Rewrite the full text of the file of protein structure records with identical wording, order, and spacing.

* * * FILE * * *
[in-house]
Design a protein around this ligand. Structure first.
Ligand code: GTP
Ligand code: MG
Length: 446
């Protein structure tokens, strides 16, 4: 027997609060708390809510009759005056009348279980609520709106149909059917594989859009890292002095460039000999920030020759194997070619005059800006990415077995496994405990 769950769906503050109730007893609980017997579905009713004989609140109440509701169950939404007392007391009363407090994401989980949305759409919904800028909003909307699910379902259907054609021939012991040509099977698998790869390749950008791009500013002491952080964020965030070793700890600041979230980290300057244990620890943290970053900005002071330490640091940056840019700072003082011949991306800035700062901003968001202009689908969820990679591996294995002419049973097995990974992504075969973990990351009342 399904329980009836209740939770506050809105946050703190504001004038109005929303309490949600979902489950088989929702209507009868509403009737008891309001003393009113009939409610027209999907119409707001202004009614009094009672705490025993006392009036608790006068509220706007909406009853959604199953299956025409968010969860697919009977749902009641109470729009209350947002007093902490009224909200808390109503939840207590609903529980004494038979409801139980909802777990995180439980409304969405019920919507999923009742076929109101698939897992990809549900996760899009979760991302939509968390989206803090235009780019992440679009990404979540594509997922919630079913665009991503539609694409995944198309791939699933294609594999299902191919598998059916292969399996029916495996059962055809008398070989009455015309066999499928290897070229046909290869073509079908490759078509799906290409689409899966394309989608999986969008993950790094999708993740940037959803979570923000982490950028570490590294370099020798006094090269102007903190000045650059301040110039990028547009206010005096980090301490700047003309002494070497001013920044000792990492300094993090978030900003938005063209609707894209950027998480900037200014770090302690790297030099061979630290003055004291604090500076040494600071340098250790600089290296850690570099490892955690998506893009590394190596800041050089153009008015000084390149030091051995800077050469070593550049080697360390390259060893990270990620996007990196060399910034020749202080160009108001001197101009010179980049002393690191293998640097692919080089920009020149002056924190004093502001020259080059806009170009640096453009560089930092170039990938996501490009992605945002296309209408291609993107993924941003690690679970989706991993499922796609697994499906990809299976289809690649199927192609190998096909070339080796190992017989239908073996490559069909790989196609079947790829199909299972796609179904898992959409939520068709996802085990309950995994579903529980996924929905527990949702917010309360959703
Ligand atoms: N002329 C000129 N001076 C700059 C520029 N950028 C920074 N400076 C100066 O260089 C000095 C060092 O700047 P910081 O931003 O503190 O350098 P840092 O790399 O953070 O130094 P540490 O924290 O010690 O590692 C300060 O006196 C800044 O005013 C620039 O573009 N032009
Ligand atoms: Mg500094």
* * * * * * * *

[in-house]
Design a protein around this ligand. Structure first.
Ligand code: GTP
Ligand code: MG
Length: 446
């Protein structure tokens, strides 16, 4: 027997609060708390809510009759005056009348279980609520709106149909059917594989859009890292002095460039000999920030020759194997070619005059800006990415077995496994405990 769950769906503050109730007893609980017997579905009713004989609140109440509701169950939404007392007391009363407090994401989980949305759409919904800028909003909307699910379902259907054609021939012991040509099977698998790869390749950008791009500013002491952080964020965030070793700890600041979230980290300057244990620890943290970053900005002071330490640091940056840019700072003082011949991306800035700062901003968001202009689908969820990679591996294995002419049973097995990974992504075969973990990351009342 399904329980009836209740939770506050809105946050703190504001004038109005929303309490949600979902489950088989929702209507009868509403009737008891309001003393009113009939409610027209999907119409707001202004009614009094009672705490025993006392009036608790006068509220706007909406009853959604199953299956025409968010969860697919009977749902009641109470729009209350947002007093902490009224909200808390109503939840207590609903529980004494038979409801139980909802777990995180439980409304969405019920919507999923009742076929109101698939897992990809549900996760899009979760991302939509968390989206803090235009780019992440679009990404979540594509997922919630079913665009991503539609694409995944198309791939699933294609594999299902191919598998059916292969399996029916495996059962055809008398070989009455015309066999499928290897070229046909290869073509079908490759078509799906290409689409899966394309989608999986969008993950790094999708993740940037959803979570923000982490950028570490590294370099020798006094090269102007903190000045650059301040110039990028547009206010005096980090301490700047003309002494070497001013920044000792990492300094993090978030900003938005063209609707894209950027998480900037200014770090302690790297030099061979630290003055004291604090500076040494600071340098250790600089290296850690570099490892955690998506893009590394190596800041050089153009008015000084390149030091051995800077050469070593550049080697360390390259060893990270990620996007990196060399910034020749202080160009108001001197101009010179980049002393690191293998640097692919080089920009020149002056924190004093502001020259080059806009170009640096453009560089930092170039990938996501490009992605945002296309209408291609993107993924941003690690679970989706991993499922796609697994499906990809299976289809690649199927192609190998096909070339080796190992017989239908073996490559069909790989196609079947790829199909299972796609179904898992959409939520068709996802085990309950995994579903529980996924929905527990949702917010309360959703
Ligand atoms: N002329 C000129 N001076 C700059 C520029 N950028 C920074 N400076 C100066 O260089 C000095 C060092 O700047 P910081 O931003 O503190 O350098 P840092 O790399 O953070 O130094 P540490 O924290 O010690 O590692 C300060 O006196 C800044 O005013 C620039 O573009 N032009
Ligand atoms: Mg500094």